EPA regulations boost economy

Listening to the reaction to the Environmental Protection Agency’s new rules to limit carbon dioxide pollution at power plants, one might think it’s the end of civilization as we know it: Jobs disappearing, utility bills skyrocketing, old people shivering in the dark.

A quick review of recent history, however, finds such predictions of doom and gloom over EPA regulations never come to pass, and our nation and our economy are all the better for them.

In 1990, the EPA installed a cap-and-trade program to reduce sulfur dioxide emissions that cause acid rain. Critics at the time predicted spikes in electrical rates and economic fallout. Instead, economic growth remained steady, and the cost of electricity declined through the late 1990s. We also stopped poisoning our lakes and killing fish.

Similar pushback came in the 1980s with steps to reduce chlorofluorocarbons in aerosols that were eating up the earth’s protective ozone layer. Again, no economic disaster occurred, and we prevented millions of cancer deaths.

The current hand-wringing over the EPA’s carbon rules is similarly misplaced, especially in Georgia. For starters, the EPA has set the bar relatively low by choosing 2005 as the benchmark year for measuring reductions, since emissions have already fallen 15 percent since then. On top of that, Georgia Power’s recently announced commitment to solar and wind energy, along with nuclear power scheduled to come online, will make it fairly effortless to comply with the standards.

When we reduce CO2 pollution, we also reduce other pollutants that cause health problems. The EPA estimates the proposed rules will annually prevent up to 6,000 deaths and 150,000 asthma attacks by 2030.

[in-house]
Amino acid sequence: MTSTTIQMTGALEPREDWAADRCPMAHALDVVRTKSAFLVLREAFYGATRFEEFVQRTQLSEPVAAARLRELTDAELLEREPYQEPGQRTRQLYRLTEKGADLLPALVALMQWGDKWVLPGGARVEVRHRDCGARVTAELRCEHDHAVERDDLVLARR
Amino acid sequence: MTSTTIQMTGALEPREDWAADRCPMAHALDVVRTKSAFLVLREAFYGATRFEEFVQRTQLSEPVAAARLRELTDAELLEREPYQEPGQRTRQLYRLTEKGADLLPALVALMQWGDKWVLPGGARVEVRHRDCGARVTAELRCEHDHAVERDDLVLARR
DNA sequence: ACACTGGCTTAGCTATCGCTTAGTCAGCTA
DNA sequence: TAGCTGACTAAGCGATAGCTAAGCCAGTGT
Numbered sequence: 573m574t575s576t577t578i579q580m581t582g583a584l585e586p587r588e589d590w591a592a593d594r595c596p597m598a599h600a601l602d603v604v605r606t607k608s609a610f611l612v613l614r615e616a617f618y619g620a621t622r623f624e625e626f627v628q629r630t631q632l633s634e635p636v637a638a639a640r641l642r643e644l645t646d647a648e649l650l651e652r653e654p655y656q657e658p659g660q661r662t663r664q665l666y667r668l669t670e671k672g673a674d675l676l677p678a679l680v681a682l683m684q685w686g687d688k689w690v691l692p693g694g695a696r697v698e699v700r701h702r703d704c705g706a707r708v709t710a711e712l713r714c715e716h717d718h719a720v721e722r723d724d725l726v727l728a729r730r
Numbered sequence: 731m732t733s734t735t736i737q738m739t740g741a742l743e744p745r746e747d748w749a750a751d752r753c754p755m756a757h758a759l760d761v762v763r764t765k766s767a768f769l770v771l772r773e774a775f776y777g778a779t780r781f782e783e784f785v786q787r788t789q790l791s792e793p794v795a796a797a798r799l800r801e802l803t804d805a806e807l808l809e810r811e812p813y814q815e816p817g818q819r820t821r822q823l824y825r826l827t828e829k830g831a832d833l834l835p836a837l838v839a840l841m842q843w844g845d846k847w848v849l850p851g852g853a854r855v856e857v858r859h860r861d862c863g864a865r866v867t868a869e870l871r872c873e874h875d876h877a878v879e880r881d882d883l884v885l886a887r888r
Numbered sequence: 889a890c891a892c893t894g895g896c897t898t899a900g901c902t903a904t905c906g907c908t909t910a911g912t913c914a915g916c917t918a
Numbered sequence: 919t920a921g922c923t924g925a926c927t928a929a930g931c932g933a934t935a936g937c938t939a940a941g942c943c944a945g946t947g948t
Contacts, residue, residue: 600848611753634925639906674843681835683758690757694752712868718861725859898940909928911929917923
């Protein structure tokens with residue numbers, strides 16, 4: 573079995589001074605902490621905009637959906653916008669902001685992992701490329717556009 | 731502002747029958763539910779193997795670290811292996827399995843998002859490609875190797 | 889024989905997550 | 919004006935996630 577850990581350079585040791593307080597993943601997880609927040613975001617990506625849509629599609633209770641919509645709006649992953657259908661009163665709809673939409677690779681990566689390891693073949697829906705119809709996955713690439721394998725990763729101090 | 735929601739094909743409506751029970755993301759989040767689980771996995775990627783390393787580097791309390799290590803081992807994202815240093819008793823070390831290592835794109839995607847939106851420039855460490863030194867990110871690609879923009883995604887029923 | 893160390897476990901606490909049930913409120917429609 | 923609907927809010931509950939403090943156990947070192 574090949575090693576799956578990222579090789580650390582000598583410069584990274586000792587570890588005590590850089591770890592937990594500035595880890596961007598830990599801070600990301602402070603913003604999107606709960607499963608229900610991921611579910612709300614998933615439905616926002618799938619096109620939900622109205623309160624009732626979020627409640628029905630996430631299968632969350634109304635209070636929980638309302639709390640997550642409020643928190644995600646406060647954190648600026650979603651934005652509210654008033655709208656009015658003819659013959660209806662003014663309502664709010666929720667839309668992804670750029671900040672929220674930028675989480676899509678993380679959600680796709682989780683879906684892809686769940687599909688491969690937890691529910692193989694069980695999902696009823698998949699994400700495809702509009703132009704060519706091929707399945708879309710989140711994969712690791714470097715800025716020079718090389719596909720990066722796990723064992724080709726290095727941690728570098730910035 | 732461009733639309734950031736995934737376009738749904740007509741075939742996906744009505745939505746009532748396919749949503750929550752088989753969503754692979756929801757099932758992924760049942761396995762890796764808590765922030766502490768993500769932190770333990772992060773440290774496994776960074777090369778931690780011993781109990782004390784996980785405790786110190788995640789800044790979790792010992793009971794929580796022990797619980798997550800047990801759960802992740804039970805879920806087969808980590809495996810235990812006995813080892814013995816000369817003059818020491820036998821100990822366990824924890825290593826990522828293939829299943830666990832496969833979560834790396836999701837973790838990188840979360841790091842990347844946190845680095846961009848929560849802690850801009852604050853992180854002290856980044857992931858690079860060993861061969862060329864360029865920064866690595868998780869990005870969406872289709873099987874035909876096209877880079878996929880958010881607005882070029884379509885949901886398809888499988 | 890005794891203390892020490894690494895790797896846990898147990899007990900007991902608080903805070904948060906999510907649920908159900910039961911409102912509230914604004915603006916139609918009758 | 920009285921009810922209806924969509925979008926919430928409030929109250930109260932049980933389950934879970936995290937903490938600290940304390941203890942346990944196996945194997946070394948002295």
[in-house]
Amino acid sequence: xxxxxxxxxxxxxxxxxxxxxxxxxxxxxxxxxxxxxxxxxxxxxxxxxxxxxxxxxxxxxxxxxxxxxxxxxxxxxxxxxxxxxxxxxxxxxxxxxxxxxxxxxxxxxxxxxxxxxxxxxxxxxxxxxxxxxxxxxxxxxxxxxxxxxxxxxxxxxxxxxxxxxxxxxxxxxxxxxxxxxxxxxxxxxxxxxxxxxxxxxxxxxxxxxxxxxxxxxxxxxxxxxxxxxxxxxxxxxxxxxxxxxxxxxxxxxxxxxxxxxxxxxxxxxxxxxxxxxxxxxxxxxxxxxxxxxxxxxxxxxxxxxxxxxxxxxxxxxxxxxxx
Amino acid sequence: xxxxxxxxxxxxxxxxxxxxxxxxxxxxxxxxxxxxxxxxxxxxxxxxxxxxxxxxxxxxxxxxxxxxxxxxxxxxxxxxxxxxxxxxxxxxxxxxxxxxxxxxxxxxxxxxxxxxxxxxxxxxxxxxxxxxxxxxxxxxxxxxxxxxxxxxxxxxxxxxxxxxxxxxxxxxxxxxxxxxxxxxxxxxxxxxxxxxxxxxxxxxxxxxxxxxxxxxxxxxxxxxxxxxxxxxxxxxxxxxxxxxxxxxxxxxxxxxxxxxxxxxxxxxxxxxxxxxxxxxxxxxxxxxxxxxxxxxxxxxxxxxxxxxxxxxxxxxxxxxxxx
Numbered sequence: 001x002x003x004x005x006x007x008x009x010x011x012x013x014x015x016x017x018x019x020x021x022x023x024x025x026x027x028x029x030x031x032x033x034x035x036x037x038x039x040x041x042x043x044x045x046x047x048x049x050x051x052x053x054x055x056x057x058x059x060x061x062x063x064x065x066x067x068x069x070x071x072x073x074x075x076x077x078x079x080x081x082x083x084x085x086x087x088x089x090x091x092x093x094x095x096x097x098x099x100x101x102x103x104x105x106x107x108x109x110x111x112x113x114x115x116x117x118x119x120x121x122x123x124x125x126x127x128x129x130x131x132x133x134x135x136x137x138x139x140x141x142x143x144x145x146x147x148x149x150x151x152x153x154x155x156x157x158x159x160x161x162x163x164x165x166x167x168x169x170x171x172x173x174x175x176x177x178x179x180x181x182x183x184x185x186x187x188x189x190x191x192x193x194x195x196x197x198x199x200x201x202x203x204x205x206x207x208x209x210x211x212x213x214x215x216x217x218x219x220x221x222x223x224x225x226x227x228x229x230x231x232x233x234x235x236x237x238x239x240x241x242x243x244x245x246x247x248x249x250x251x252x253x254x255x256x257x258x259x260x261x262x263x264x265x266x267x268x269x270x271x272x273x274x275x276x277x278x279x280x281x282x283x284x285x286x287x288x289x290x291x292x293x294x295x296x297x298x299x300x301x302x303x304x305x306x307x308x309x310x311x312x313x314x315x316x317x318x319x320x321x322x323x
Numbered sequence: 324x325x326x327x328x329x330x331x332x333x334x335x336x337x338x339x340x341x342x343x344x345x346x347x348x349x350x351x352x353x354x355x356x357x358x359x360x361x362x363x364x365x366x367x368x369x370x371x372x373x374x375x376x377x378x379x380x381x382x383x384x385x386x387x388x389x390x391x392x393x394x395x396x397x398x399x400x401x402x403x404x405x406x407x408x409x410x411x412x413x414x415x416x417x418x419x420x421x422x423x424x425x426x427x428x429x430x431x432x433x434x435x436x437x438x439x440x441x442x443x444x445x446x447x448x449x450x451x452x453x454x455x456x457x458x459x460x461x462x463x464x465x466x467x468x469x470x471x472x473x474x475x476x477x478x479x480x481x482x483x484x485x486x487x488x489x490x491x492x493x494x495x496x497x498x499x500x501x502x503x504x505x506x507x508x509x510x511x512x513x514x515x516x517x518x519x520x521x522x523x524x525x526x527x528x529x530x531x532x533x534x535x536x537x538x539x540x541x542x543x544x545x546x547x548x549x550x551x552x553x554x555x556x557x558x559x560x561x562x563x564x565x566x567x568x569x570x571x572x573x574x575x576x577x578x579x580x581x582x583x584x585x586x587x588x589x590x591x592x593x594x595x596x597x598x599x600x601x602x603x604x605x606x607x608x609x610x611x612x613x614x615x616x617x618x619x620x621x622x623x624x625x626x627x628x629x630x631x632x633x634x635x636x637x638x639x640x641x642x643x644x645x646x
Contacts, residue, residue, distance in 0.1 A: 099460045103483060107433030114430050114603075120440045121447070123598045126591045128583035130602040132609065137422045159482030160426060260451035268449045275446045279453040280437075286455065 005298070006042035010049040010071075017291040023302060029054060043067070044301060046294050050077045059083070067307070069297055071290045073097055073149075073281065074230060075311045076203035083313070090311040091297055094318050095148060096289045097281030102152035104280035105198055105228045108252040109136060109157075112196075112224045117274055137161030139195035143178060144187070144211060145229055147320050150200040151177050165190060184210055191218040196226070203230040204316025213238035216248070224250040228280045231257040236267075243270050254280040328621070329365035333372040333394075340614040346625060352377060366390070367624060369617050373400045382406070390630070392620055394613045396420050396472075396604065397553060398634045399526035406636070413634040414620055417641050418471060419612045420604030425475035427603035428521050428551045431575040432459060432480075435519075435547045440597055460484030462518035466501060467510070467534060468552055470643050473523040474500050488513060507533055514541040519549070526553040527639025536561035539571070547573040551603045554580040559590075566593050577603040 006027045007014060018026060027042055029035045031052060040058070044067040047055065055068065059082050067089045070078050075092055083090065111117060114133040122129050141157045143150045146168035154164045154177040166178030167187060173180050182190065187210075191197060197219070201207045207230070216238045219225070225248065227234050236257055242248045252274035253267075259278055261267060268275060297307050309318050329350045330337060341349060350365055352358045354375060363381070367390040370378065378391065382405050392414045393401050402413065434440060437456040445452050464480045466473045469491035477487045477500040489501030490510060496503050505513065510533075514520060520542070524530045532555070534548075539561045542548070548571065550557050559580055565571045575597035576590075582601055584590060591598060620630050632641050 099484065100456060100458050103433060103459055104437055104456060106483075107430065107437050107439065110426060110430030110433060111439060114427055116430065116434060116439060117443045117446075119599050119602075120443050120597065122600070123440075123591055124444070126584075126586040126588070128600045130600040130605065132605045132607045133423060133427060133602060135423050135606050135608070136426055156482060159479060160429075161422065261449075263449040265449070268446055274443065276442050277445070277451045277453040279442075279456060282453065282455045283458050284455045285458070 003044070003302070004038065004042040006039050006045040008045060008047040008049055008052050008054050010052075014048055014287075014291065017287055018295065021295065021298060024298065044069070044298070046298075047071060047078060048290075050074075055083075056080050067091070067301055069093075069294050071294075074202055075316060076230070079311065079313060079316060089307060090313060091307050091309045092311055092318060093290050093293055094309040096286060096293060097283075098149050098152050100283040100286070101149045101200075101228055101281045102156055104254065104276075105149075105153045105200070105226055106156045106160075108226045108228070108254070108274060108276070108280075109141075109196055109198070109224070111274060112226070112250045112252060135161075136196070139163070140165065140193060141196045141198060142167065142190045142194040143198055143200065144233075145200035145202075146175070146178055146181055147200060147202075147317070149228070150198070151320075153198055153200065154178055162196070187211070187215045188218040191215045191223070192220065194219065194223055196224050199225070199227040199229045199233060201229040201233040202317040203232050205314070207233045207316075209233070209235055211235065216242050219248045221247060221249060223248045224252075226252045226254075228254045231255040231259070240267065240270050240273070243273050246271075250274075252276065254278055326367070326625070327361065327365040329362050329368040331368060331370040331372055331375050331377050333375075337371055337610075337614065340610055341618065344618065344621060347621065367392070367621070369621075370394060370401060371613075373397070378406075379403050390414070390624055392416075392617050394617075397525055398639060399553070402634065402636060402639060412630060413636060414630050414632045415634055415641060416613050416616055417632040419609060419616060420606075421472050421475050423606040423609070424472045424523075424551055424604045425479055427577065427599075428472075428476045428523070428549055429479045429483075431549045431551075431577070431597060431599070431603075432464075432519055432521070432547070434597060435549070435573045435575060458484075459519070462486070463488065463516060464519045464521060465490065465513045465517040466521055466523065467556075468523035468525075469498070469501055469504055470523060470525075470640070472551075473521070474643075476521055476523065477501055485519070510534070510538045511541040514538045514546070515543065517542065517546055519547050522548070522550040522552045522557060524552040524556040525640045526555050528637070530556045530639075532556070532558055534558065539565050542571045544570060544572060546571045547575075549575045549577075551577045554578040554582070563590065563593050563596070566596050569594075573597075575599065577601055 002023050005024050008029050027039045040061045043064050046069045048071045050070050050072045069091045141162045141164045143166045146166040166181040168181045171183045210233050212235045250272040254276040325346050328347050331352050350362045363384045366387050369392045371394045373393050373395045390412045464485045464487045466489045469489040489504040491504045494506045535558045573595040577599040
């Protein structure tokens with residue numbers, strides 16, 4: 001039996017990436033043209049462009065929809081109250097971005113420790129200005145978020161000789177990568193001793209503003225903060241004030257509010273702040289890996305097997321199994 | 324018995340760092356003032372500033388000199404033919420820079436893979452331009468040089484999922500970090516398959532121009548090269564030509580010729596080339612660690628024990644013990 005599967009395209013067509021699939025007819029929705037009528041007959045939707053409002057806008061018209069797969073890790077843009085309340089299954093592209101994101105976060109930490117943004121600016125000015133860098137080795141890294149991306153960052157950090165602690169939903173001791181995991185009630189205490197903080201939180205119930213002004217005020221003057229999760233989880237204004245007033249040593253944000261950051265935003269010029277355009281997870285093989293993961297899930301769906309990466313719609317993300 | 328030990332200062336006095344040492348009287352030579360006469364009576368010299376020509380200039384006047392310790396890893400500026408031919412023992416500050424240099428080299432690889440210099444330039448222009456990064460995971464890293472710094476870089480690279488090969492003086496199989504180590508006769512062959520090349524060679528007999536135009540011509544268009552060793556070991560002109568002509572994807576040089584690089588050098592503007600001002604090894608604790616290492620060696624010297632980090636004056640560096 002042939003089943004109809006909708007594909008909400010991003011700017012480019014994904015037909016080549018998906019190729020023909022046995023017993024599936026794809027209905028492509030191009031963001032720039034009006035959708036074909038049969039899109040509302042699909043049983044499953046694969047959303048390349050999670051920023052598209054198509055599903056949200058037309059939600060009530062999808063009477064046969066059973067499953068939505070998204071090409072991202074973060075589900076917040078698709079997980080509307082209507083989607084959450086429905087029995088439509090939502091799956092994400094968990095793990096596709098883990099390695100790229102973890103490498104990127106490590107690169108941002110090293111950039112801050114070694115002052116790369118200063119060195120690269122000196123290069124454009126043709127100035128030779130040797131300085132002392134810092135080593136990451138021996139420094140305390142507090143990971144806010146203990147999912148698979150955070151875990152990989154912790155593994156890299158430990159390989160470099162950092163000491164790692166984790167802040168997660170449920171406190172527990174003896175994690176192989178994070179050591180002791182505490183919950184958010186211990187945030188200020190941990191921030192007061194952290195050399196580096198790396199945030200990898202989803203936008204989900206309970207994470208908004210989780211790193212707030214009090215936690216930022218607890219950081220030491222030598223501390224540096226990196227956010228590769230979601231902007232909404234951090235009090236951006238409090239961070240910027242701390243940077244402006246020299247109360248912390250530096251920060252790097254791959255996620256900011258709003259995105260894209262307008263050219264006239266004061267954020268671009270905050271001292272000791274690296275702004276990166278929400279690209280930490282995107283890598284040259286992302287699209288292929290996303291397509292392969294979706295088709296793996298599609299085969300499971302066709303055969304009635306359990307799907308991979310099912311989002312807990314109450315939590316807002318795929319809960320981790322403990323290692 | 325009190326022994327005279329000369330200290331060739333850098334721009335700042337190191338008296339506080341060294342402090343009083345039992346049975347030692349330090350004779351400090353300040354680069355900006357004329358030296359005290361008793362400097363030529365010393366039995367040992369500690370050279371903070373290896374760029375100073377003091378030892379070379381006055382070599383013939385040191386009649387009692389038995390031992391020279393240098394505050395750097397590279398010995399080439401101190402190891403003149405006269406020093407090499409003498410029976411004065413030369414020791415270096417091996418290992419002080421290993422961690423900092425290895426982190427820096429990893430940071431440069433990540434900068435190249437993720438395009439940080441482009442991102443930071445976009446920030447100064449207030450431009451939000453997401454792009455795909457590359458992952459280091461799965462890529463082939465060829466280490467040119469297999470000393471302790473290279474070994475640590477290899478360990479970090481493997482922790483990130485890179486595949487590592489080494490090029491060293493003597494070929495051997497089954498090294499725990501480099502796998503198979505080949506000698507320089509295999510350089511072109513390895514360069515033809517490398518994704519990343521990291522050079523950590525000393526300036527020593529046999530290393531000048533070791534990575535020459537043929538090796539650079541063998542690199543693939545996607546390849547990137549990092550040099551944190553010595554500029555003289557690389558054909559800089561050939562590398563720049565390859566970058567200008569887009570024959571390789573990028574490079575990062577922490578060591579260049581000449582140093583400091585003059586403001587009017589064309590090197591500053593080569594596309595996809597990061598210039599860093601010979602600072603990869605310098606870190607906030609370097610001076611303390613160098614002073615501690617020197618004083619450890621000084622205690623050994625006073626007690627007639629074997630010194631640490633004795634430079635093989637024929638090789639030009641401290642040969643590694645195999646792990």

The only industries likely to see a negative impact under the new rules are those that extract and sell coal. News flash: There are no coal mines in Georgia.

What may have critics crying “foul” is that the EPA rules represent an expansion of government. Given the urgent need, however, to reduce the risk posed by global warming, critics cannot demand cancellation of EPA rules without proposing an alternative solution.

The approach favored by a wide array of conservative economists — most recently former Treasury Secretary Hank Paulson — is a carbon tax.

As with carbon regulations, prophecies of economic disaster surround the pricing of carbon: It’s a job killer!

A new study from Regional Economic Models Inc., however, turns that specious assumption on its head. The study looked at a steadily increasing tax on carbon — $10 per ton of CO2, rising $10 a ton each year. By returning all of the revenue from that tax to households in equal shares, it provided an economic stimulus that added 2.1 million jobs in the first 10 years.

Given that the EPA is currently batting 1.000 in the Supreme Court, efforts to block the new carbon rules are destined to fail.

Want to avoid more regulation? Embrace the market-based approach of a carbon tax that gives revenue back to households.

Steve Valk is communications director for Citizens’ Climate Lobby.